Calgary-based WestJet currently operates four Boeing 767-300s from destinations in Canada to Hawaii and London Gatwick. The carrier, which was founded in 1996 and operated an all-737 mainline fleet for most of its existence, has said its initial wide-body, long-haul flights that began in January 2016 have been a success. As a result, WestJet has signaled its intention to acquire additional widebody aircraft to launch more long-haul routes.
But the airline’s labor agreement with its pilots did not allow it to add more wide-body aircraft. WestJet has remained non-unionized through its existence. Most WestJet employees own stock in the company and the consistently profitable airline has engaged in regular profit sharing, which has largely led to labor peace at the company.
The carrier’s 1,380 pilots are represented by the WestJet Pilots Association, which collectively bargains on behalf of the carrier’s flight deck crew, but does not consider itself a union and is not affiliated with any larger unions.
In November, the airline’s rank-and-file pilots overwhelming voted to reject a new agreement that would have allowed the carrier to add more wide-body aircraft. WestJet negotiated changes, and a revised agreement was put up for a vote in December. The airline said the pilots accepted the new deal in voting that concluded Dec. 23.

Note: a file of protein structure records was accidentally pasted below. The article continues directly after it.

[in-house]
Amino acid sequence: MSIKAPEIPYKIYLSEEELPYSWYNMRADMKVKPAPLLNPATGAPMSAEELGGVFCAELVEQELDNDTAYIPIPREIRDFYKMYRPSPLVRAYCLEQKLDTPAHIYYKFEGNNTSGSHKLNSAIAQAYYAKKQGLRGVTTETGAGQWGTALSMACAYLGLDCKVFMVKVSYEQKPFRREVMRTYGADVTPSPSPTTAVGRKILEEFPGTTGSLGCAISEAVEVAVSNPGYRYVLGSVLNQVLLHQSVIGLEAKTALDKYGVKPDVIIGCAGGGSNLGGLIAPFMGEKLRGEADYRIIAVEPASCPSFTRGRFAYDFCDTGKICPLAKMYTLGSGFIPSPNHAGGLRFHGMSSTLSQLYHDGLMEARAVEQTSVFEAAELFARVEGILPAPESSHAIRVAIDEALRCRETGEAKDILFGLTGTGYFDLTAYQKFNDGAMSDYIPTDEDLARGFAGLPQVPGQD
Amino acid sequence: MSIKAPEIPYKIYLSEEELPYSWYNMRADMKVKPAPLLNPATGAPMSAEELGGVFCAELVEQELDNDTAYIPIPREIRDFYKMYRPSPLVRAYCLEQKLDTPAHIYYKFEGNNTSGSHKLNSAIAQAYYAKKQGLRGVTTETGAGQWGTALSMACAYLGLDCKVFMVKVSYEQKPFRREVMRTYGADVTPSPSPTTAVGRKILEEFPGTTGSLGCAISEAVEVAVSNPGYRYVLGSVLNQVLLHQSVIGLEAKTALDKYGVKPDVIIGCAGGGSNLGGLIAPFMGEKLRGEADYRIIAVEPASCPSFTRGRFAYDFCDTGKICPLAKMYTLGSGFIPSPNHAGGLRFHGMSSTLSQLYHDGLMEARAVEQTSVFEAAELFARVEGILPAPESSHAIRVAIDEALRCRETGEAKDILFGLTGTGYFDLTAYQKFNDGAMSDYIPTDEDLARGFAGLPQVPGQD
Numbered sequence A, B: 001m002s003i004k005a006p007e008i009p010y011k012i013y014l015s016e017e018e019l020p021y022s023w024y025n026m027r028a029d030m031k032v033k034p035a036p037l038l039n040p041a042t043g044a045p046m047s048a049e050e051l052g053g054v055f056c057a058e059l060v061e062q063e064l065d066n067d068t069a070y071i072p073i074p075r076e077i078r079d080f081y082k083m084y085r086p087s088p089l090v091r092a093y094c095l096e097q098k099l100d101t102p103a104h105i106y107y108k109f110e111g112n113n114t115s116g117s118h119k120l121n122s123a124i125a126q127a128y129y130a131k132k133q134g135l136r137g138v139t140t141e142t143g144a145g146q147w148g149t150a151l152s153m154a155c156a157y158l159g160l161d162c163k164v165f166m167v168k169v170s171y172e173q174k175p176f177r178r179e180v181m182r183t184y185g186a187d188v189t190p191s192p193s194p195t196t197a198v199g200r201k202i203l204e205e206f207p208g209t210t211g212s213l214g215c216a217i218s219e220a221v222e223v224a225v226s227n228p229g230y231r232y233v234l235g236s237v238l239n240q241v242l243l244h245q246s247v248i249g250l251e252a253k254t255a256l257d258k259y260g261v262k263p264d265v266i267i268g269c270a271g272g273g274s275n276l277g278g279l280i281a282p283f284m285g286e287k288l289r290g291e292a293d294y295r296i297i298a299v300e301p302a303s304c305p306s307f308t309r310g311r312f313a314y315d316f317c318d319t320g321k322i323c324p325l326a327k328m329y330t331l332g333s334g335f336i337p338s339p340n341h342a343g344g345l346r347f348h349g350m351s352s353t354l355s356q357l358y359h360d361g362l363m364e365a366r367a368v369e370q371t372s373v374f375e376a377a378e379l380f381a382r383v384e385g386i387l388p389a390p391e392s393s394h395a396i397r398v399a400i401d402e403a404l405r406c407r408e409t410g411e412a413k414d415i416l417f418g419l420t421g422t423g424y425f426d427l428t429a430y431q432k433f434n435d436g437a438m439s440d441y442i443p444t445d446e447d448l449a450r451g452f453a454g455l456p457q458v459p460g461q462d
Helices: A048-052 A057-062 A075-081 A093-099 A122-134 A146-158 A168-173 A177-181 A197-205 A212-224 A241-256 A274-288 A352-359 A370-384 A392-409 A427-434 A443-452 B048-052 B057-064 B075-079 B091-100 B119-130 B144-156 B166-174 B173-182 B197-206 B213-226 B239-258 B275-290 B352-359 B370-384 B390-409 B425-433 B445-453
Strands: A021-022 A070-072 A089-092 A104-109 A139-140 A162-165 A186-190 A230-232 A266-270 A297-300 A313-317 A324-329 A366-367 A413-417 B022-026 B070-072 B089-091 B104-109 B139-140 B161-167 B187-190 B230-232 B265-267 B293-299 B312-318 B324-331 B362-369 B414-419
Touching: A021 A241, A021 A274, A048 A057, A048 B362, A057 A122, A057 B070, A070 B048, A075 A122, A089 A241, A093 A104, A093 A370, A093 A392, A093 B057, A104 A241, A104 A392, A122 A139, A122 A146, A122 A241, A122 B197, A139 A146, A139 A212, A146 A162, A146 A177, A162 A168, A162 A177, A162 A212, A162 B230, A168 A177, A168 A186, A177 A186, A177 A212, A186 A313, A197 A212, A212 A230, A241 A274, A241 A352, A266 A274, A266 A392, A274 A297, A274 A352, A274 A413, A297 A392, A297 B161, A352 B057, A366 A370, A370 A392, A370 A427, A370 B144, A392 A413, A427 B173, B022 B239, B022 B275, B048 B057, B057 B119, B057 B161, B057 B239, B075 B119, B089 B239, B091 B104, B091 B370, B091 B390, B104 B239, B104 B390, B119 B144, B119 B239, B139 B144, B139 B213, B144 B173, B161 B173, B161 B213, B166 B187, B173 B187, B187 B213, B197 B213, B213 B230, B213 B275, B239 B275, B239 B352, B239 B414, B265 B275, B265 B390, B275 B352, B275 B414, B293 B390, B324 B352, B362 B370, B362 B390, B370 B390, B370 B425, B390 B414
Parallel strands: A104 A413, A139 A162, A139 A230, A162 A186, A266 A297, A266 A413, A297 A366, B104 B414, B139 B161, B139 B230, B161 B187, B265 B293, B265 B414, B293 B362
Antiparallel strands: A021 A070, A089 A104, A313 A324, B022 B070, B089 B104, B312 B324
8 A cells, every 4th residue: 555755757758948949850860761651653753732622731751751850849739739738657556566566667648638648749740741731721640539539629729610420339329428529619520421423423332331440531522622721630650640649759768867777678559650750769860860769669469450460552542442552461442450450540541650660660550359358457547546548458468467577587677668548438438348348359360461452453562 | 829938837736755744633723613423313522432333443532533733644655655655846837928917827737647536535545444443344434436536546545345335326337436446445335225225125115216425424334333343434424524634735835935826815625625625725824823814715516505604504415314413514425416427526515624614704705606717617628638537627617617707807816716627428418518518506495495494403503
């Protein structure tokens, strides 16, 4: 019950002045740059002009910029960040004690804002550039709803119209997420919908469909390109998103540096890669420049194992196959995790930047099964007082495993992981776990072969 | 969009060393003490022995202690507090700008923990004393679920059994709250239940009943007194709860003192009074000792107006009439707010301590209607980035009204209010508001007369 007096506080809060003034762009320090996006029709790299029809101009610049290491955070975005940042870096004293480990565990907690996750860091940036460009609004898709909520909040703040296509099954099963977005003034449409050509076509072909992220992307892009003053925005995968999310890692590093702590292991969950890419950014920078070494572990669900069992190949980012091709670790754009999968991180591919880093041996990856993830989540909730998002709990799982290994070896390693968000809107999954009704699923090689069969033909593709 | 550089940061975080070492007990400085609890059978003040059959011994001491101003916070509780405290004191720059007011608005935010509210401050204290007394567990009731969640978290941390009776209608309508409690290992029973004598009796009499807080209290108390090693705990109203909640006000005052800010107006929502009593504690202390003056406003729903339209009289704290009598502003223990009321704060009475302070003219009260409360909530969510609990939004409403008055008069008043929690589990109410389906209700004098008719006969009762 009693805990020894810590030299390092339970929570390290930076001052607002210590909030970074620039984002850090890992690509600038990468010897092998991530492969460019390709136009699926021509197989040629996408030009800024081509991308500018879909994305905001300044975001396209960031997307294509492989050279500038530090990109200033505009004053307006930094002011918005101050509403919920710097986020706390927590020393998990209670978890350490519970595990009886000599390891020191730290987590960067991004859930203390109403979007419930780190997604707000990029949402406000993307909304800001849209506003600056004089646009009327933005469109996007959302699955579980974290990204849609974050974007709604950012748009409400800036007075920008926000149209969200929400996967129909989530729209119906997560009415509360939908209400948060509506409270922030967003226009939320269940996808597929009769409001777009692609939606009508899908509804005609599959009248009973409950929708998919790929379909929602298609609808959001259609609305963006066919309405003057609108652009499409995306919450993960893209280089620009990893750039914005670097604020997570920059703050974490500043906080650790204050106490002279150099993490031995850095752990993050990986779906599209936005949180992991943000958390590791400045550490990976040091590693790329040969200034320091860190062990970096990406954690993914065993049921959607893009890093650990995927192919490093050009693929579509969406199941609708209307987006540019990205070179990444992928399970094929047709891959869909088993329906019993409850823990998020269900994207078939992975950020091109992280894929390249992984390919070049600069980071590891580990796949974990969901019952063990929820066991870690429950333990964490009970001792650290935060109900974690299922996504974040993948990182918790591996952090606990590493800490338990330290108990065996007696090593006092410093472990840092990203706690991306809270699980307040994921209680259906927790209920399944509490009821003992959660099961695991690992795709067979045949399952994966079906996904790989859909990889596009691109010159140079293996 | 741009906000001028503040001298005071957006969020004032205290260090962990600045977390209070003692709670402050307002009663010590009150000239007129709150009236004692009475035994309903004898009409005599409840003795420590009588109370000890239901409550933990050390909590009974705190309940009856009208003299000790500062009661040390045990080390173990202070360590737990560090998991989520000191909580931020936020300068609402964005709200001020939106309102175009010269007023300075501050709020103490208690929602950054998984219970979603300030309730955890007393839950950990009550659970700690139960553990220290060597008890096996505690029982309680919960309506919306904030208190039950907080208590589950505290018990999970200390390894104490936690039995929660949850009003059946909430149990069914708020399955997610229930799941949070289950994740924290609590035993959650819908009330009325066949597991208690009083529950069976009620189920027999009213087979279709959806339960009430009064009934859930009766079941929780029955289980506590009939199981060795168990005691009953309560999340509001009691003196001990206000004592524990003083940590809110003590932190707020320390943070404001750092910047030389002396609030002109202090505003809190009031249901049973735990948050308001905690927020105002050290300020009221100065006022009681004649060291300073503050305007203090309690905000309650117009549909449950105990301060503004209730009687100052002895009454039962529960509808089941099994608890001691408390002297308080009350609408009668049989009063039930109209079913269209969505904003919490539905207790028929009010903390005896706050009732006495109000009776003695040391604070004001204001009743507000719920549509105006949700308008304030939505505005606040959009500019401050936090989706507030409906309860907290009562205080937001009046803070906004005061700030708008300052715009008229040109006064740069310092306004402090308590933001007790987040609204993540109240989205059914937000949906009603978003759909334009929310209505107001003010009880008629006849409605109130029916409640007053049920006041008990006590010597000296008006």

“This agreement … now allows us to proceed with plans to expand our wide-body operations to new destinations in the future,” WestJet said in a statement. “We will now turn our attention to acquiring additional wide-body aircraft.”
WestJet’s pilots have been the target of a unionization campaign by the Air Line Pilots Association (ALPA), the largest pilots’ union in the world. “I’m going to go down fighting to prevent the unionization of WestJet,” WestJet CEO Gregg Saretsky recently told the Calgary Herald, arguing it does not make sense for “middle men” to get between airline management and the carrier’s employees.
(Aaron Karp - ATWOnline News)